Applied AI in Healthcare (AAI)
In the 'Applied AI in Healthcare' team, we strive to apply machine learning algorithms and "Deep Learning" models in clinical settings. Artificial intelligence, as we define it, encompasses methods that simulate human-like behavior for external observers.
In the specific sub-discipline of machine learning, our approach involves data analysis, constructing and adapting models that enable programs to "learn" through experience. We guide clinical projects benefiting from these methods from the early conceptual phase, providing advice on data collection and cleaning, to model development and critical evaluation. The foundation can be both routine medical diagnostics and study data, with a particular focus on classical tabular data and complex time series, such as sensor data or electronic health records.
In the Applied AI in Healthcare team, the generated algorithms and models are already seen as precursors to AI-based medical devices. Our focus remains on proximity to users in clinics, emphasizing the explainability of the models and their results (Explainable AI).
IAM-AI is a member of the bAIome .
Examples of currently running projects:
3D printing of pharmaceuticals and collection of sensor data using smart wearables
As the second most common degenerative disease of the nervous system, Parkinson's disease induces a great deal of suffering for those affected if left untreated. Our group is working on methods to support both them and those treating them in the complex adjustment of the necessary medication. The goal is an automated dosage recommendation for levodopa based on verifiable and measurable factors. The basis for this is continuous monitoring of motor symptoms using low-cost, widely available smart wearables. This approach promises several advantages over the current clinical reality:
- Direct interventions are possible when symptoms change. This can be done quickly and does not rely on subjective assessments of symptomatology that are not necessarily congruent. The use of transparent machine learning techniques promises to yield information that is applicable to non-apparatus diagnostics.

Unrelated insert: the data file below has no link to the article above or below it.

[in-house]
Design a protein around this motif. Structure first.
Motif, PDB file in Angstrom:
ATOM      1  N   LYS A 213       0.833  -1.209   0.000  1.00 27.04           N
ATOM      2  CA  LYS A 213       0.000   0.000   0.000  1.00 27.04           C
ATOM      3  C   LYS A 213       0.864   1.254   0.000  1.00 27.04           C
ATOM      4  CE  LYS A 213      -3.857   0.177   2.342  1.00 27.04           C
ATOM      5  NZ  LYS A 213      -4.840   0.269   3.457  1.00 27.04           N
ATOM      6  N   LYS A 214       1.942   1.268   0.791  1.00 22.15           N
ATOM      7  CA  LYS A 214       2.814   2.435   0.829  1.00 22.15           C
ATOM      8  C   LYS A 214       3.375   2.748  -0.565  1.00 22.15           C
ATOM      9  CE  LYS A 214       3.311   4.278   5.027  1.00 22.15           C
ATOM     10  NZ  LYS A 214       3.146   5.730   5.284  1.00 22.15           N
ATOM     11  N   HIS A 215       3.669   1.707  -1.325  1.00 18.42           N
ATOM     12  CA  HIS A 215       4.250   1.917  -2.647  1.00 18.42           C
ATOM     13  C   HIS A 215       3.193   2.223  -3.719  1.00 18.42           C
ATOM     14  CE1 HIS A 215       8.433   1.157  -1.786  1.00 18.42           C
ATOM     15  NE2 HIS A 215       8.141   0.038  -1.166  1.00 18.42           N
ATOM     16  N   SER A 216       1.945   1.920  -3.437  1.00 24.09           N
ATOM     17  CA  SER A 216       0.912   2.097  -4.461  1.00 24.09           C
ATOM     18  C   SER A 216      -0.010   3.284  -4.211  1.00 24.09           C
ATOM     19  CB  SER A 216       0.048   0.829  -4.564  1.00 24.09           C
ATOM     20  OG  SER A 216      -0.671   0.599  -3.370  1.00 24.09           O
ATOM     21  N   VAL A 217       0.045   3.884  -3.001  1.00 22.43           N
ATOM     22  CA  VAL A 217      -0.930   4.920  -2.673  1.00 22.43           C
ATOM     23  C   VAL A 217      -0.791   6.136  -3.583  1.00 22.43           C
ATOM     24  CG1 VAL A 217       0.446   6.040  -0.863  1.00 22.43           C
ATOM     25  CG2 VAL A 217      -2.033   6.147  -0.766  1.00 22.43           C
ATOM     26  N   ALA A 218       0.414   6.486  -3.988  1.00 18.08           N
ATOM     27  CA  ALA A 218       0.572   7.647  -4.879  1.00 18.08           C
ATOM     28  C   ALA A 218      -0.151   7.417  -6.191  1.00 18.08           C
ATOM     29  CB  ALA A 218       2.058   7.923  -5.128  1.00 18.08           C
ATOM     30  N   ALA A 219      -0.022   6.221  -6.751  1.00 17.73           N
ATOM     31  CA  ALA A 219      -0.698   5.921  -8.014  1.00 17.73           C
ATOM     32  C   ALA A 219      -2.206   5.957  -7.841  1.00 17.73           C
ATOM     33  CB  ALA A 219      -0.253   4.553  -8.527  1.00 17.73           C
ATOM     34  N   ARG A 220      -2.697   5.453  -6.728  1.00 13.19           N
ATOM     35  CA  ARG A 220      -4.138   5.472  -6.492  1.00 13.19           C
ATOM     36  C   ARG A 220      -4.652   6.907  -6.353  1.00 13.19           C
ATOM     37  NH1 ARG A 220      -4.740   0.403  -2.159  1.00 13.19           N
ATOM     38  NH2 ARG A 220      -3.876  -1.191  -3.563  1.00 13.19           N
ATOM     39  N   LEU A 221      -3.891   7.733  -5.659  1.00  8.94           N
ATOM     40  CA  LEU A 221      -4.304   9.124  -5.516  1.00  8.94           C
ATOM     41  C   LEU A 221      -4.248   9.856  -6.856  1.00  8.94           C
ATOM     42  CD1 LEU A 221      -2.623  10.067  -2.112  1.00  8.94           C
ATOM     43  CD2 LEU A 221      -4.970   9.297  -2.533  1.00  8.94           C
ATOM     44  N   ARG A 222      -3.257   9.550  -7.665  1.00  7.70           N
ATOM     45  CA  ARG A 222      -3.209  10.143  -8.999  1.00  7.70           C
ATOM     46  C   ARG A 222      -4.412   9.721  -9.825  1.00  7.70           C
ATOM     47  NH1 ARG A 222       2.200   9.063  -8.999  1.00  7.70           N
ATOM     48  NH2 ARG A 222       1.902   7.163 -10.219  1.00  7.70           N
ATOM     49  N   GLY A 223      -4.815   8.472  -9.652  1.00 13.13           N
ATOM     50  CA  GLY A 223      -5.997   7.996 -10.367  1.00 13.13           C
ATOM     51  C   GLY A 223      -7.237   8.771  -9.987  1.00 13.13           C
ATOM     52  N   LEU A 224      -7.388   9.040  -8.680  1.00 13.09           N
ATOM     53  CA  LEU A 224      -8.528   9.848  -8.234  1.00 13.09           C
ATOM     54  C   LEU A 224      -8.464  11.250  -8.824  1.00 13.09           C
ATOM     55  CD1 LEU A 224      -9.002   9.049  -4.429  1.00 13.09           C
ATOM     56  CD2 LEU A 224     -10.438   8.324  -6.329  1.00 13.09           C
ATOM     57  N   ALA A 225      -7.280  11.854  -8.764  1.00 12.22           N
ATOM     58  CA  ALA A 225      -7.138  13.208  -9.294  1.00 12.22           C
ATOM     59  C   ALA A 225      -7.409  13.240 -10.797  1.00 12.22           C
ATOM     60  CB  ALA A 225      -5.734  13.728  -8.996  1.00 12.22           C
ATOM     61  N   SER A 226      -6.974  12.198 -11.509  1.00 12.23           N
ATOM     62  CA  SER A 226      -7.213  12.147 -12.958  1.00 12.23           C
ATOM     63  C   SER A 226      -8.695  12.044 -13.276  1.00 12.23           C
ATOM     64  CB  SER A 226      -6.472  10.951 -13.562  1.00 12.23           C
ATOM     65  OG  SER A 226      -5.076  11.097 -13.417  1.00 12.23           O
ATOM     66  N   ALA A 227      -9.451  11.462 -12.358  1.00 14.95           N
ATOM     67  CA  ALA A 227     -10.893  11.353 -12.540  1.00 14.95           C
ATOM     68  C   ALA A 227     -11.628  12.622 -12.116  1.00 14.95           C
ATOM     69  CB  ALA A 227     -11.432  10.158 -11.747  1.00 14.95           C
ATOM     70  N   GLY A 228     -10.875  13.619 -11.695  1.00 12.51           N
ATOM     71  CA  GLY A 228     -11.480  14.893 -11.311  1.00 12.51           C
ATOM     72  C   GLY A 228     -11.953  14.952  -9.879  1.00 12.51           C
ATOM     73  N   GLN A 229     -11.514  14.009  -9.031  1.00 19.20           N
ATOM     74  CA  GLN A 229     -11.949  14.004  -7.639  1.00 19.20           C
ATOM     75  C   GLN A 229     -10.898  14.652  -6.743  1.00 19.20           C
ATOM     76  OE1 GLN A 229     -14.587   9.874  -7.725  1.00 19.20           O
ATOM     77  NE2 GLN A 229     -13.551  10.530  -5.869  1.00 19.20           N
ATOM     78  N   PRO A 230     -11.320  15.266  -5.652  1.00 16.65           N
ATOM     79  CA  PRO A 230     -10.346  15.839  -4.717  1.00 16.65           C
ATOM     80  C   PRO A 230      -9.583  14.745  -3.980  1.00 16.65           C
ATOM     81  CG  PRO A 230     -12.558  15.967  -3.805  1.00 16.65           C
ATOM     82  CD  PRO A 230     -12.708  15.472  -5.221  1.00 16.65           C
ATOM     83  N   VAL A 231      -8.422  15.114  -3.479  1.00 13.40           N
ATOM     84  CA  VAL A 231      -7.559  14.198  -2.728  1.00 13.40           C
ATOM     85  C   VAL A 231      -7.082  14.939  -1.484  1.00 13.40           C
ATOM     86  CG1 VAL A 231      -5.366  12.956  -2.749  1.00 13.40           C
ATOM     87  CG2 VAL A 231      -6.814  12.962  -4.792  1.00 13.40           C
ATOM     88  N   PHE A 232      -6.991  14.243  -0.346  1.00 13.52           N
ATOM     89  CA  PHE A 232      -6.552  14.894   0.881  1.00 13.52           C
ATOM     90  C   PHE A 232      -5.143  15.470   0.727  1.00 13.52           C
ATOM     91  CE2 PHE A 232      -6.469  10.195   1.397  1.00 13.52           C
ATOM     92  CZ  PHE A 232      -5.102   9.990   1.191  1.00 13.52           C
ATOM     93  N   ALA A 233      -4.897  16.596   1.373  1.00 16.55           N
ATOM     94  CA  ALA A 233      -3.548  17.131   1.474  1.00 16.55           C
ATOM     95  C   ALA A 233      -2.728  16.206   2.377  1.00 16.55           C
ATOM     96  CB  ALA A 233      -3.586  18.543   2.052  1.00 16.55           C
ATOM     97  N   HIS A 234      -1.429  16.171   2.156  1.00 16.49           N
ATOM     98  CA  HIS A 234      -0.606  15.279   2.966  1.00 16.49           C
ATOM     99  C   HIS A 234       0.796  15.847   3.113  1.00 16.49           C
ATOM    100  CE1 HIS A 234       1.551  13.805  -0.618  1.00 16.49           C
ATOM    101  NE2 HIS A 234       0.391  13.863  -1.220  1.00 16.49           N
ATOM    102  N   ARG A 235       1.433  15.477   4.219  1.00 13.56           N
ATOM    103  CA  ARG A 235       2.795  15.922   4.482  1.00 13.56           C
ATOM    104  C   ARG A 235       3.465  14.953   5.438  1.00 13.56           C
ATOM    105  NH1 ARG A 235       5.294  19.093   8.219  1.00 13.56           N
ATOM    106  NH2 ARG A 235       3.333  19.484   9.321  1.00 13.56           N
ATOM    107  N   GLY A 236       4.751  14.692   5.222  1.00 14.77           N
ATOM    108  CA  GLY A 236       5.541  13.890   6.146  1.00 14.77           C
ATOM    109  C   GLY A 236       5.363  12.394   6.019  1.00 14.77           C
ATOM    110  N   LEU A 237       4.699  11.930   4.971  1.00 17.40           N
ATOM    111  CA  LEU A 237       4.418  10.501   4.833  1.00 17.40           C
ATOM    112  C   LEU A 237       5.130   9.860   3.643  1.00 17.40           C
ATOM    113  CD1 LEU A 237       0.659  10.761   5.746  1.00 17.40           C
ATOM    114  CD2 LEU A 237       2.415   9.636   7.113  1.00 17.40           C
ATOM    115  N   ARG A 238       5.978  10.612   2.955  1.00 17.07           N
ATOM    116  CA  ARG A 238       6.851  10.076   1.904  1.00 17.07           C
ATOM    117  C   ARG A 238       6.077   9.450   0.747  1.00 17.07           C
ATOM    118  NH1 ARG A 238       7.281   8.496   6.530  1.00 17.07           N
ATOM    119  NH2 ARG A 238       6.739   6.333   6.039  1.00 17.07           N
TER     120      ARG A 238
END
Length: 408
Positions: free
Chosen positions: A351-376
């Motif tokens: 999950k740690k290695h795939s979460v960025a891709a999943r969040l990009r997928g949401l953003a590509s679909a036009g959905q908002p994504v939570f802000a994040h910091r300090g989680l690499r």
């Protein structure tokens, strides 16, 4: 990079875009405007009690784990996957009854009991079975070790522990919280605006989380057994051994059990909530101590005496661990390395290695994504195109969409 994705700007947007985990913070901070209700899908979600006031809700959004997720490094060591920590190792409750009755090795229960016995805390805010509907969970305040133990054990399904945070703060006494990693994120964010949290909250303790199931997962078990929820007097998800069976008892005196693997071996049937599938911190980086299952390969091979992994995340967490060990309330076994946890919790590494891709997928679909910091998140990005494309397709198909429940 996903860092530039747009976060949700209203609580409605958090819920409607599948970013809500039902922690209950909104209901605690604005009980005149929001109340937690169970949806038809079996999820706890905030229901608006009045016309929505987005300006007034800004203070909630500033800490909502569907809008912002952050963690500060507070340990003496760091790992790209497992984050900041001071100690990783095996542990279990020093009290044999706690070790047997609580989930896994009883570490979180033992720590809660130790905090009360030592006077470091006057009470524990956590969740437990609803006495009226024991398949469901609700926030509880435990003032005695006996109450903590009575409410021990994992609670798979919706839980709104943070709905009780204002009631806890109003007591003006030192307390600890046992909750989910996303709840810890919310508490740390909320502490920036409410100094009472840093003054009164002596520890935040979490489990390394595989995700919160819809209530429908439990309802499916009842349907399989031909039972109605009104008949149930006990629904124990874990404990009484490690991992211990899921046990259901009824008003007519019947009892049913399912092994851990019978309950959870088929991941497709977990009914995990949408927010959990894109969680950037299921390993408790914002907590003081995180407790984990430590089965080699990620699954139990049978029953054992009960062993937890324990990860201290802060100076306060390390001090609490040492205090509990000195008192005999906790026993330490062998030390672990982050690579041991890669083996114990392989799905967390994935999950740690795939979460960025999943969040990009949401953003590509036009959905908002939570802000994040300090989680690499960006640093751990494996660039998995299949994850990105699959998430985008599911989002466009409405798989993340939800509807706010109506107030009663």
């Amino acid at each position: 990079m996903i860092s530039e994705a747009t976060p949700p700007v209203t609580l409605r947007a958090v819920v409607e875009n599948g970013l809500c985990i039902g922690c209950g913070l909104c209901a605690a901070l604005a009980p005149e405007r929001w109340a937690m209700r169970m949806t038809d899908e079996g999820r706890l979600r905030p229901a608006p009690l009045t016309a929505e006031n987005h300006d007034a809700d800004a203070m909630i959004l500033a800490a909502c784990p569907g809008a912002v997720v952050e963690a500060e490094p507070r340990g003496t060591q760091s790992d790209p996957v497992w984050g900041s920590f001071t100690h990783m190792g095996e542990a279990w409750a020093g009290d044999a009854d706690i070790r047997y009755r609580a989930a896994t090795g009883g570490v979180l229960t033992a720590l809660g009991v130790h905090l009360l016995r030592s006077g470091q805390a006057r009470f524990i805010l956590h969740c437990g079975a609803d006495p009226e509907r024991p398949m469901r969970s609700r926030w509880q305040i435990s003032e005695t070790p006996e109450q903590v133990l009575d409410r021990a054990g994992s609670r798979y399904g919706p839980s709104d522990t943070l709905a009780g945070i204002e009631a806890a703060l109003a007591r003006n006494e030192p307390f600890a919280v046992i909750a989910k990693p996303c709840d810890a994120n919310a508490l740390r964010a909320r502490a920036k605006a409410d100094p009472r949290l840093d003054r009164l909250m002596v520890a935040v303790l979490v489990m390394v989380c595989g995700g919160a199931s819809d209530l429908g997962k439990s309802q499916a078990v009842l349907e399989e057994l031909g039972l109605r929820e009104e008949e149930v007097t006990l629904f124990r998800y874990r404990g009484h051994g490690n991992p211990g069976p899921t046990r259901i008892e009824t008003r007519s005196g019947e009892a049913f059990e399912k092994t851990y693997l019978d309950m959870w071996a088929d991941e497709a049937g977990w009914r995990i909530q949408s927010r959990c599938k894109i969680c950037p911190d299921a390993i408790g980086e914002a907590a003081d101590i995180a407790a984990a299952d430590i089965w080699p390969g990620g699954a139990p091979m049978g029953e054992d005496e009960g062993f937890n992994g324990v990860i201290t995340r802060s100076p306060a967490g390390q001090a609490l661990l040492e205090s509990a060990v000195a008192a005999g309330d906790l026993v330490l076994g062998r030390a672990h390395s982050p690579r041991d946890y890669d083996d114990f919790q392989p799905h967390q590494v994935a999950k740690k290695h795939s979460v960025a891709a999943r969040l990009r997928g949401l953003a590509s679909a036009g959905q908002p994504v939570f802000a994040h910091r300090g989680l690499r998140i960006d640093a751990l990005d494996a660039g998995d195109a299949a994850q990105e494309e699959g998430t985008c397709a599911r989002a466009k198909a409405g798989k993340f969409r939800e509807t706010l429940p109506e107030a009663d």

- Monitoring and adaptation can also occur away from the traditional clinical setting. In terms of telemedicine, patients can thus also be optimally cared for in their familiar home environment. This promises a significant improvement in quality of life, and not only in the case of limited mobility.
- By recording critical factors, optimized individual medication plans can also be predicted. Instead of having to rely on general population values, the individual circumstances of those affected can be taken into account from the outset.
We are currently working with our pharmaceutical partners in the hospital pharmacy to integrate the knowledge gained regarding optimal treatment into everyday clinical practice. Optimized dosage is envisaged for preparations produced individually by means of a 3D printer. Further information on this so-called "closed-loop system" can also be found on the hospital pharmacy website.
Merge cancer registry data and use it intelligently: AI-CARE
The Artificial Intelligence for CAncer REgistration and Research (AI CARE) project is a BMG-funded innovation project that was part of the call "Combining and intelligently using cancer registries". It addresses two questions:
1) Can the complex cancer registry data be processed, improved and merged using artificial intelligence (AI) methods in such a way that they are more accessible than before for oncological quality assurance and research?
2) How can evaluations of cancer registry data with AI methods meaningfully complement the classic evaluation spectrum of oncological health services research?
The collaborative project involves 13 partners, consisting of experts in cancer registration, medical informatics and artificial intelligence. It started on September 1, 2022 and will run for three years.
AI-assisted data mapping to OMOP
Mapping between different formats of Electronic Medical Records is a challenging task. Data types collected from individual studies are often very specific and not easily transferable to other data structures. This is a problem for tasks where comparisons/combinations with other data (studies) are required. The main solution is to harmonize data by using a common data model (CDM) like OMOP (Observational Medical Outcomes partnership).
However, existing solutions for displaying data into OMOP are not highly accurate, involve a lot of manual work, and are difficult in integrating into other processes. Furthermore, they are currently only applicable to data in English.
The current pilot project is based on a method used in one of these solutions, which is called TF-IDF (a method for finding matching values based on similar occurrences). We have extended it to be easily integrated, to work with different languages, and to allow more than one suggestion of mapping to OMOP concepts without any additional manual steps. Next, we will further improve accuracy using deep learning algorithms.